With scientists and mayors in the Pyrenees

Published 01.11.2022 , last updated 15.09.2023

rom October 10th to the 14th, Anders Solheim and Hervé Vicari from NGI accompanied by Didier Verges from CTP, visited the NBS sites in the Pyrenees which aim to reduce the risk from snow avalanches, erosion, rockfall, and debris flows. The NBS interventions were in different stages of completion, from completed to “just about to start”, but all will be completed in 2022.

Primarily due to the pandemic, no formal site visits had been conducted since June 2019, when the goal was to look at the sites where NBS interventions were planned prior to being proposed to and approved by the Steering Committee. Therefore, the current visit was to inspect the sites during or after the implementation of the various NBS. The inspection gave a very detailed insight into the various interventions.

Capet Forest (snow avalanches)

The top photo is from the visit at the Capet site, with the mayors of Baréges and Sers in the back.

ONF, the French public forest administration, is responsible for this site, and the visit was led by Laurent Lespine from ONF. The Mayors of the Bareges and Sers municipalities also participated in the visit, clearly demonstrating the local interest in the project. The measures of planted trees protected by wooden tripods in the release area of avalanches are completed and will eventually function together with the existing ‘grey’ measures.

Tripods to protect plants at Capet

Artouste (Rockfall)

The interventions at both the Artouste and St. Elena sites are proposed and organized by the ‘European Grouping of Territorial Cooperation for the Pyrenees; EGTC Pireneos’, and the visit at both sites were led by Santiago Fabregas. At Artouste, traditional rockfall nets are mounted above the road in one part of the slope, whereas the proposed NBS interventions are to be implemented at another location on the slope.

Currently, potential sources for rockfall, ledges, and individual rocks are mapped and marked according to the NBS measure selected for that specific rock or ledge. The implementation of the measures is being conducted in parallel with experimental set-ups, which comprise an indoor facility in Jaca, Spain, and a full-scale field site near Artouste. Together these facilities will form an important ‘laboratory’ for rock fall prevention measures.

Santiago Fabregas points at a loose rock at Artouste

St. Elena (Erosion and rockfall)

The implementation of the proposed measures at St. Elena was roughly 65% completed during the visit. The construction consists of a base dry masonry stone wall, followed by 11 terraces built up of wood and filled with the local till and organic soil.

The terraces are then to be planted with local species of bushes and trees, with roots that provide deep anchoring. During the visit, 7 of 11 terraces were built. Completion is expected by the end of November 2022.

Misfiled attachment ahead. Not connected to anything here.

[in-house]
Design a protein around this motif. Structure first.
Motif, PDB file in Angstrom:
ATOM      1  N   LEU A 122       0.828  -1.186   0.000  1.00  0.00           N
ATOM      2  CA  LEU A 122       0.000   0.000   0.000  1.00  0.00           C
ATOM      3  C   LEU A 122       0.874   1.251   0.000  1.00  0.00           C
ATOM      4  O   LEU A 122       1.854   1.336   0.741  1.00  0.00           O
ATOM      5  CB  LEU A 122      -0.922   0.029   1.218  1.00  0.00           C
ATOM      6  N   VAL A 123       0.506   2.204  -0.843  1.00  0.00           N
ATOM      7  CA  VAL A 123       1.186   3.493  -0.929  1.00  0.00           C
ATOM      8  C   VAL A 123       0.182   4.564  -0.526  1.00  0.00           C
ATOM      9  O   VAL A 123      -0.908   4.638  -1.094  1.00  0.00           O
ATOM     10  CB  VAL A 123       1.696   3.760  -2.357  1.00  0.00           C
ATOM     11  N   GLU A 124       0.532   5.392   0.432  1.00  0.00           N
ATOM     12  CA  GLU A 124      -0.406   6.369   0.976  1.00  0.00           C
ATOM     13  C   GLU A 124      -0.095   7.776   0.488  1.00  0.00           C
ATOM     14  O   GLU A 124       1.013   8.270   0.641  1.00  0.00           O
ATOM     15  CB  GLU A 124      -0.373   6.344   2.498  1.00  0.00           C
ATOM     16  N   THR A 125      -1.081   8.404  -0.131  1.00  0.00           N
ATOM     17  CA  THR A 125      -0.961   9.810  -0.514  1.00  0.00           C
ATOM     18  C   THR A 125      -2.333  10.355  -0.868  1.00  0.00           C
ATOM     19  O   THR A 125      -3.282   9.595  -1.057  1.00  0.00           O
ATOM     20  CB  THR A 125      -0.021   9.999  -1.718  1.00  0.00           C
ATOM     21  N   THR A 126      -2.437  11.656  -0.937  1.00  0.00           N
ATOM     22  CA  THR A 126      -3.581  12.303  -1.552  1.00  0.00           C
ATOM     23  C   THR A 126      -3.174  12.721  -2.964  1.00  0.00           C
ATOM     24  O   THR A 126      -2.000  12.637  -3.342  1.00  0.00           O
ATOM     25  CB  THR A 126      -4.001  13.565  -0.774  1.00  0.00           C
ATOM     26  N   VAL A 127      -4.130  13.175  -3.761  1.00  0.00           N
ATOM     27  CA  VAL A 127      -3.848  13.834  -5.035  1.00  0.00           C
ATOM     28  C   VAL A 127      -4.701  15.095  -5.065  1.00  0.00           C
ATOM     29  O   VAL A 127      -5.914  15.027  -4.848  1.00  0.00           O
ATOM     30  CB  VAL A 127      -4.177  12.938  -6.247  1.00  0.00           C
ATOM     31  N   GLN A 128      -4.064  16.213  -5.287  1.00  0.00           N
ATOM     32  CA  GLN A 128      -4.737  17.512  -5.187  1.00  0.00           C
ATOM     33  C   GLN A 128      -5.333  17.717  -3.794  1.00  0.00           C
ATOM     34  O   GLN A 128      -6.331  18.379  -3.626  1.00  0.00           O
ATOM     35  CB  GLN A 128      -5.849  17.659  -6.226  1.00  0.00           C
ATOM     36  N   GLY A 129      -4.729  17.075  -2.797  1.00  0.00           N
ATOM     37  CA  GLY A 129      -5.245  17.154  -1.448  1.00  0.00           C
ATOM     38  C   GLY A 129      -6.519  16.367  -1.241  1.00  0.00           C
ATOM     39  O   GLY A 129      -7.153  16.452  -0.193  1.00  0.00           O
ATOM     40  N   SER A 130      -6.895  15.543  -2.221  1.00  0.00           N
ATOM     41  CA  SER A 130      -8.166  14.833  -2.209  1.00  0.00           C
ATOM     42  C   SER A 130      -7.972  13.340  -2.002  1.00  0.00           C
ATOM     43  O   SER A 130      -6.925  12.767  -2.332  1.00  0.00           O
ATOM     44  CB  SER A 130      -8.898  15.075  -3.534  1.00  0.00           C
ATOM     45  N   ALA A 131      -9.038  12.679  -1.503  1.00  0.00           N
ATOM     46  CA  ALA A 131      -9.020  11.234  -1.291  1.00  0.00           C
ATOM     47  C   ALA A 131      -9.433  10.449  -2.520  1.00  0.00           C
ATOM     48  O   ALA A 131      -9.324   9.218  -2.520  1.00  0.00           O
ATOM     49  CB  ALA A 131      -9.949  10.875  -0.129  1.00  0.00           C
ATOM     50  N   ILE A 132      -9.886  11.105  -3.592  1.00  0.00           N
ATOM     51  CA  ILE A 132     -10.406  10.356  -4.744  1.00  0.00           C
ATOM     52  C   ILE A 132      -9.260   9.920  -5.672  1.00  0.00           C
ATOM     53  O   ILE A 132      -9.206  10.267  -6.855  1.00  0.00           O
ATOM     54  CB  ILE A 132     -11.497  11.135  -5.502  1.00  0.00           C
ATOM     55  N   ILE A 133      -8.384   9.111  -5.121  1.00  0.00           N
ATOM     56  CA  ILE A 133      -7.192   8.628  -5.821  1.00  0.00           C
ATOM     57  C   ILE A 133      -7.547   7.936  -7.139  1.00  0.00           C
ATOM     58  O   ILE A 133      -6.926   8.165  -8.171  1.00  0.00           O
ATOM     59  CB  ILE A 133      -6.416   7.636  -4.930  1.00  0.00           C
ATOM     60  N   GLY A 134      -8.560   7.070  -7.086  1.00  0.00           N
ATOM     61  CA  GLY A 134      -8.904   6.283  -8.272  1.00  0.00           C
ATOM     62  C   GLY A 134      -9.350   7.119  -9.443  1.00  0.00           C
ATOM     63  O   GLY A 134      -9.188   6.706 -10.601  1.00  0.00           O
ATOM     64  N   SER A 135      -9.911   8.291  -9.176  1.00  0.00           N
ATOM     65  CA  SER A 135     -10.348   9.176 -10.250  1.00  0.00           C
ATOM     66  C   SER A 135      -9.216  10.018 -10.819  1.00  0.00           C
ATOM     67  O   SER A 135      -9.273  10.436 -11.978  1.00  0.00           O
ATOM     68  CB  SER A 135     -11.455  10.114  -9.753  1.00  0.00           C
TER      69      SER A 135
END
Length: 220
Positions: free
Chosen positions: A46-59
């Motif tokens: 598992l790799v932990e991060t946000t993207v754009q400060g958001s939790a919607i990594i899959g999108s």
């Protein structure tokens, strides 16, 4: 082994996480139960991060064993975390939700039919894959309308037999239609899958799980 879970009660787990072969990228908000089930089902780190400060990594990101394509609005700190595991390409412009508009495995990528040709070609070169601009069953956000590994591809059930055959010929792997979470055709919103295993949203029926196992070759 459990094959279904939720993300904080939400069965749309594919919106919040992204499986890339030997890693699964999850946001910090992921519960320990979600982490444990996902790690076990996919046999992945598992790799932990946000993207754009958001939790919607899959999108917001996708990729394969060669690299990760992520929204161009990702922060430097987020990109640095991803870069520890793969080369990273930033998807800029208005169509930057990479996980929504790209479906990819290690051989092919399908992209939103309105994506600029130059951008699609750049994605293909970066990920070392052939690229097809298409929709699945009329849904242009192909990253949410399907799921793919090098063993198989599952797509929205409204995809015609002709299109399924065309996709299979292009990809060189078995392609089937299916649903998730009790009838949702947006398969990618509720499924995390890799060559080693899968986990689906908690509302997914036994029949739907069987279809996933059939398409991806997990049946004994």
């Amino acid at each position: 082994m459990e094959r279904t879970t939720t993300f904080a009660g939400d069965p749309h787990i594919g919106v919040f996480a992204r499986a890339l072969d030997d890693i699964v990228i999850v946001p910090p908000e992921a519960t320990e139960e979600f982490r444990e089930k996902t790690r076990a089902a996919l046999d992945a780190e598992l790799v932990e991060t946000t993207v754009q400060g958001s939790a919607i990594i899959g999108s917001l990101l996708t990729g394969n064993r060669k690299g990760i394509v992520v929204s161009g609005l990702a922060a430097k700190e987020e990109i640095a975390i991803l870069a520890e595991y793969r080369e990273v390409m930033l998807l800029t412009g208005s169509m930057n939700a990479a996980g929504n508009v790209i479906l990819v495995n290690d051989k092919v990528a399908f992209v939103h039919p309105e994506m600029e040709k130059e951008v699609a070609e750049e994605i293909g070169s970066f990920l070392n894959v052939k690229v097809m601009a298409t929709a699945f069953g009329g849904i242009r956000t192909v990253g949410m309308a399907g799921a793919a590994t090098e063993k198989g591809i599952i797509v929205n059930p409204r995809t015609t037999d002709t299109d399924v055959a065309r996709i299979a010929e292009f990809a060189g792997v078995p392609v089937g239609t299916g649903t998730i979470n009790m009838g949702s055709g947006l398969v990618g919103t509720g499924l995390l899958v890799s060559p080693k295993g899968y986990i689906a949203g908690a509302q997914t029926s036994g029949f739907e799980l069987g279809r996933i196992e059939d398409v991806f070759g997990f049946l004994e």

The measures at St. Elena

Erill-La-Vall (Erosion and debris flows)

The Vall de Bois municipality and the Government of Catalonia are responsible for the site. Carles Raïmat, who completed his Ph.D. on debris flows at this site, is responsible for the detailed design and led the field visit. The NBS interventions at this site are to reduce erosion in the thick till deposits (lateral moraine), which feed debris flows during periods of heavy precipitation. The till slope is relatively stable in dry conditions, but very steep, and largely unstable during wet conditions.

The measures consist of terraces built partly of local rocks and partly of logs, both meant to break energy and stabilize the slope. The terraces will also be accompanied by a downslope debris flow net (not financed for by PHUSICOS) to raise the erosional base in the slope. The site has been monitored by instrumentation sensors for about 15 years, so there are abundant baseline data for comparison with future monitoring.

Some of the measures at Erill-la-Vall

Old NBS interventions at Canfranc

Although NBS as an umbrella concept is relatively new, vegetation and green infrastructure are not new. This was evident during a visit to Canfranc in Spain. At the beginning of the 20th century, 500 persons worked in this area for a period of 10 years to implement measures to protect the Canfranc railway station.

Large infrastructures of dry stone walls were initially constructed, partly also to support paths for people and transport of equipment by horses and donkeys. Following this, several million trees of more than 20 species were planted on the slopes primarily as snow avalanche protection.

Reforested slopes around the Canfranc railway station

The railway station has an interesting history in itself (e.g.

News item prepared by
Anders Solheim, NGI,